Sociodemographic Correlates of Vaccine Hesitancy in the United States and the Mediating Role of Beliefs About Governmental Conspiracies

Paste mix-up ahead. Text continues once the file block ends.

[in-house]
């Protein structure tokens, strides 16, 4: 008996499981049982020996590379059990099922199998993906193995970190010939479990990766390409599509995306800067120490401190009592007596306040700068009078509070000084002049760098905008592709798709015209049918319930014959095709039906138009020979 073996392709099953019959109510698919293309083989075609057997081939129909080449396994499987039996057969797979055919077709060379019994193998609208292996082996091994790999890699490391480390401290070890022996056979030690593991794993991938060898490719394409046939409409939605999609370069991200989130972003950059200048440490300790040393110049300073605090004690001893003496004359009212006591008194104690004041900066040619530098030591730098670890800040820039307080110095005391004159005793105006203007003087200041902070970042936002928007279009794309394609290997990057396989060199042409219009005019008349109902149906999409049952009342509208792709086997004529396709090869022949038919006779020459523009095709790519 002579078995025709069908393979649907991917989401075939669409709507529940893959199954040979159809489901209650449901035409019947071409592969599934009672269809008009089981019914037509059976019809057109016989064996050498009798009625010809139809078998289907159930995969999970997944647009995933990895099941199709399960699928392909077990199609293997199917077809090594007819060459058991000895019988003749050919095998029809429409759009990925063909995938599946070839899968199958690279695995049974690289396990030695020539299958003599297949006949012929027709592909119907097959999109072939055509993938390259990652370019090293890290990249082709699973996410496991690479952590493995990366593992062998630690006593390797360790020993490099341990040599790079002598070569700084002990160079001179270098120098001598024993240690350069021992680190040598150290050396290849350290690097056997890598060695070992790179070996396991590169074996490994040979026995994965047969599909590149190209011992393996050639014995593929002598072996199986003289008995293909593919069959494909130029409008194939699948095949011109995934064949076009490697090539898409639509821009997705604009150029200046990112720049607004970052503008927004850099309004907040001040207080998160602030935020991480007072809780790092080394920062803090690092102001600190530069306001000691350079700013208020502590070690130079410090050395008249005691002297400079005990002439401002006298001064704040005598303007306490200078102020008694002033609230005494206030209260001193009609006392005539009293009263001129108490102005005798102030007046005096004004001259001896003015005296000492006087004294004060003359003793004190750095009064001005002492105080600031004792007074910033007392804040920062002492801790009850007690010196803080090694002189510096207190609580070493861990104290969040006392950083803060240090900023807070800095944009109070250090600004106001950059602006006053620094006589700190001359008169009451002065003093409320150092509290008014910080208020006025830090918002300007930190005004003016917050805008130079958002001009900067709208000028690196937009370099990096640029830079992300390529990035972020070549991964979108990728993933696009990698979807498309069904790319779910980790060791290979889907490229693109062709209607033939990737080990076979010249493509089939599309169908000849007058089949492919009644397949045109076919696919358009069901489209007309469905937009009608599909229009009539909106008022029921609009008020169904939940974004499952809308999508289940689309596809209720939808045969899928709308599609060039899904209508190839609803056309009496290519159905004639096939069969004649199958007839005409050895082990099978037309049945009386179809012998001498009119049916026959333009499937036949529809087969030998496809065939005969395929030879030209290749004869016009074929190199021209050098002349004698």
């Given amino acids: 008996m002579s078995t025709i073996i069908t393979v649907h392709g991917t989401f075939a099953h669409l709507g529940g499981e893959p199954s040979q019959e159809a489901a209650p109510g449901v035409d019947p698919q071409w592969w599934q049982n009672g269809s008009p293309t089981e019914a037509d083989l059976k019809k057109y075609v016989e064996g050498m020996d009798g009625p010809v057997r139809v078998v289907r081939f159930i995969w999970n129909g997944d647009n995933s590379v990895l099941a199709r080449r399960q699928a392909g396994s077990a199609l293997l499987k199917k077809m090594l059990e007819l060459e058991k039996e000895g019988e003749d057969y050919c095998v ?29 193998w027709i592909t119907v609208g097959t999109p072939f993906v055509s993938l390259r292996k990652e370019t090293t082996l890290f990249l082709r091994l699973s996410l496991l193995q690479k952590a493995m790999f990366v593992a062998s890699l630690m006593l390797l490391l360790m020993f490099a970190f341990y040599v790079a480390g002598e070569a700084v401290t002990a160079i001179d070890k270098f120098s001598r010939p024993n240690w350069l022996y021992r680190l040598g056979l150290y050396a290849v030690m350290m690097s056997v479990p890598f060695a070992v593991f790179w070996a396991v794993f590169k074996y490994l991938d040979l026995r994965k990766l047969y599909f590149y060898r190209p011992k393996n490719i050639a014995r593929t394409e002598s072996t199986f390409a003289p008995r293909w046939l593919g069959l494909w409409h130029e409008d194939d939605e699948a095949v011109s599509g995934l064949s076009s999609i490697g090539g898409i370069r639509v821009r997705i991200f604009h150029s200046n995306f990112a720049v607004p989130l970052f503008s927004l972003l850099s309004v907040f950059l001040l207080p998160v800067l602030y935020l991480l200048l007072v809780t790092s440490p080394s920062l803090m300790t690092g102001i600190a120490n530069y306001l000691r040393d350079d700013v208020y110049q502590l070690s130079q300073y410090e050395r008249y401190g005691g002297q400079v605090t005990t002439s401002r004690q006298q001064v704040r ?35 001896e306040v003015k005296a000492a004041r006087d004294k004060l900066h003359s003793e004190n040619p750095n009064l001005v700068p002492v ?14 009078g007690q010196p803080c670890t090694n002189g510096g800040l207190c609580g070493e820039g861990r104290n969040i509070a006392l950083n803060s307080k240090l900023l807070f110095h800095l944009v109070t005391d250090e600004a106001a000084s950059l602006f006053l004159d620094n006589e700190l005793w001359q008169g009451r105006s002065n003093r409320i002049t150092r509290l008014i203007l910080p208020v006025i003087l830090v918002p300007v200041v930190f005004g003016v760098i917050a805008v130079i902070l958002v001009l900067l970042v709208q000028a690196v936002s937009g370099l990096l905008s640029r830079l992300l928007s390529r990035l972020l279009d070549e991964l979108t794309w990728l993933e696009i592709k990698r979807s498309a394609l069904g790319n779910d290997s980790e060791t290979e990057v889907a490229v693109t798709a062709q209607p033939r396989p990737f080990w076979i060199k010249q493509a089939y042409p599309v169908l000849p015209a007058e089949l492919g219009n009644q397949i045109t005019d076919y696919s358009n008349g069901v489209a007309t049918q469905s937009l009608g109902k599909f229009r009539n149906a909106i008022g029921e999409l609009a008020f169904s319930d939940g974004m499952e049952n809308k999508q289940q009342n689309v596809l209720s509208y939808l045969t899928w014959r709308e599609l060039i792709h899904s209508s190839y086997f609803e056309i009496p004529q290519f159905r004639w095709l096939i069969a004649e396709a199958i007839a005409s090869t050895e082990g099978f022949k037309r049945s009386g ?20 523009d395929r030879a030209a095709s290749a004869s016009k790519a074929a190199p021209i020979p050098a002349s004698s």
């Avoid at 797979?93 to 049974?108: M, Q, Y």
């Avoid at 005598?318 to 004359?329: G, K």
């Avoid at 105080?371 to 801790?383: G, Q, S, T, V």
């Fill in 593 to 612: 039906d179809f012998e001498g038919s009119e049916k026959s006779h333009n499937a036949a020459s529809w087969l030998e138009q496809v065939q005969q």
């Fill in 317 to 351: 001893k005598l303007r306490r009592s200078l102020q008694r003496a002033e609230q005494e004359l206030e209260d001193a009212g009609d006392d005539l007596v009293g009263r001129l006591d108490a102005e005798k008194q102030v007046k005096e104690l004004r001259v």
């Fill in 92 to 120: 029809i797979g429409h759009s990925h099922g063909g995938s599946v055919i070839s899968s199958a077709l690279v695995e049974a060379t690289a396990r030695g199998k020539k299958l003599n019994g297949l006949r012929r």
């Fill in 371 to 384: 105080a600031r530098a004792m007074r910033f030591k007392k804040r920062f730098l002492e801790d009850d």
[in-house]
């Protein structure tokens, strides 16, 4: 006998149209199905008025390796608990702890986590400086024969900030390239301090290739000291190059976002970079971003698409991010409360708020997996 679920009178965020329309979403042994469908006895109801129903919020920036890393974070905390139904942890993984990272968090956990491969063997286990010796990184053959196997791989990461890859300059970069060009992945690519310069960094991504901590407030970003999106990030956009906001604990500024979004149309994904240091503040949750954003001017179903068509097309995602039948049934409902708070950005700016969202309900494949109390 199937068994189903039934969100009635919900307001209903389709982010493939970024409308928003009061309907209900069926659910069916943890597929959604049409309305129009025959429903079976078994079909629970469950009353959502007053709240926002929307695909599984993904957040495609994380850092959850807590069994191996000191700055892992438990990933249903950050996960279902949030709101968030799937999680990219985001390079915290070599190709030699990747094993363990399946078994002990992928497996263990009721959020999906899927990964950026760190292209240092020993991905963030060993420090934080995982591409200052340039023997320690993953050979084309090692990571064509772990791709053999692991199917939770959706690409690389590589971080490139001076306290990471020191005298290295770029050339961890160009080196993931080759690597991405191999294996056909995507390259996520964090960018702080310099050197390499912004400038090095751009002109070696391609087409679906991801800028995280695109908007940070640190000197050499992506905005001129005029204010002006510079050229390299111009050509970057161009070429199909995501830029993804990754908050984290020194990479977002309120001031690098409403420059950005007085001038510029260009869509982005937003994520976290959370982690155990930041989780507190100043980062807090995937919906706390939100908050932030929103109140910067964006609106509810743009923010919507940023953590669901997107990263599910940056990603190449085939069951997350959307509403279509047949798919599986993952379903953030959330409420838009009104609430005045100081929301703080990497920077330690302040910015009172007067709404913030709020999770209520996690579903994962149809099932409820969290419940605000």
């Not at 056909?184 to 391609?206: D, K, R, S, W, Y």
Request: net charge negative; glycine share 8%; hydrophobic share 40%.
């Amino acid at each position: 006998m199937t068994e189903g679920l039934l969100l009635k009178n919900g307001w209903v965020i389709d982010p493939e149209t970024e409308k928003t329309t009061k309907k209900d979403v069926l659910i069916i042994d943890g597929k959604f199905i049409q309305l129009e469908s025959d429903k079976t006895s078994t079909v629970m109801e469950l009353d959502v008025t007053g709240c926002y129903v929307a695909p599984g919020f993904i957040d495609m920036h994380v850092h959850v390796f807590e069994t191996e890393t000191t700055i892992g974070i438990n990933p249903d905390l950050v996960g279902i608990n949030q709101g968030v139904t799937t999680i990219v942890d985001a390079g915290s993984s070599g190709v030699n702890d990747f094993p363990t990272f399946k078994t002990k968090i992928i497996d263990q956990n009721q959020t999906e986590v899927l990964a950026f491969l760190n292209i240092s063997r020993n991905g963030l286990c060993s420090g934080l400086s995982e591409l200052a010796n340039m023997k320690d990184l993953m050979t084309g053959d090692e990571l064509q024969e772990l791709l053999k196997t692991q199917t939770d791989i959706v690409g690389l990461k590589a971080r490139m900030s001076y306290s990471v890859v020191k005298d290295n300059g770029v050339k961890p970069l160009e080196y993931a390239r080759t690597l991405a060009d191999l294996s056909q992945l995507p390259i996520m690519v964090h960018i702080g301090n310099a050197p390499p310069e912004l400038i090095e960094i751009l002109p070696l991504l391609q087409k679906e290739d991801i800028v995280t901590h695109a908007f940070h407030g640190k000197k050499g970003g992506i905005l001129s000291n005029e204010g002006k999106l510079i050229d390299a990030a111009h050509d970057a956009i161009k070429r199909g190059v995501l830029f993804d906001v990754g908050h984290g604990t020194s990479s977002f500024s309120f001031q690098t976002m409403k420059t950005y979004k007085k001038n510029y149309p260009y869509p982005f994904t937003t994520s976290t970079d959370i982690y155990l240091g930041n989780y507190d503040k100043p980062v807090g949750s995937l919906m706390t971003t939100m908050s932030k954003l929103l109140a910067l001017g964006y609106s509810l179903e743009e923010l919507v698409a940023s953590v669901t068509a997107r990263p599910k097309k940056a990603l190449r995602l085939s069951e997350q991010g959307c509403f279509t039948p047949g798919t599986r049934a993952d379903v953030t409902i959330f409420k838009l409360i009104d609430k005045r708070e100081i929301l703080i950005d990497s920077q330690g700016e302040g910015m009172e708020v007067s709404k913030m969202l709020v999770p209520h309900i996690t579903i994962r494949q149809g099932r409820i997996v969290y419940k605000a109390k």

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Objective: Vaccine hesitancy remains a significant public health challenge, and one that is socially patterned. This study examined whether the vaccine hesitancy effects of identifying as female, race–ethnicity, the number of children, educational attainment, and political conservatism were mediated by governmental conspiracy beliefs. Methods: Linear mediation models controlling for potential confounders were employed to analyze data from a national survey of adults (2019 Chapman University Survey of American Fears; n = 1,209). Results: Effects on vaccine hesitancy were significant and negative for educational attainment, and significant and positive for the other focal predictors. Governmental conspiracy beliefs significantly mediated each of these effects; the percent mediated was largest for Hispanic identity (79 percent), followed by female identification (69 percent), educational attainment (69 percent), number of children (55 percent), black identification (34 percent), and political conservatism (30 percent). Conclusion: This study underscores the importance of nonvaccine-related conspiracy beliefs for future interventions aimed at reducing sociodemographic disparities in vaccine hesitancy.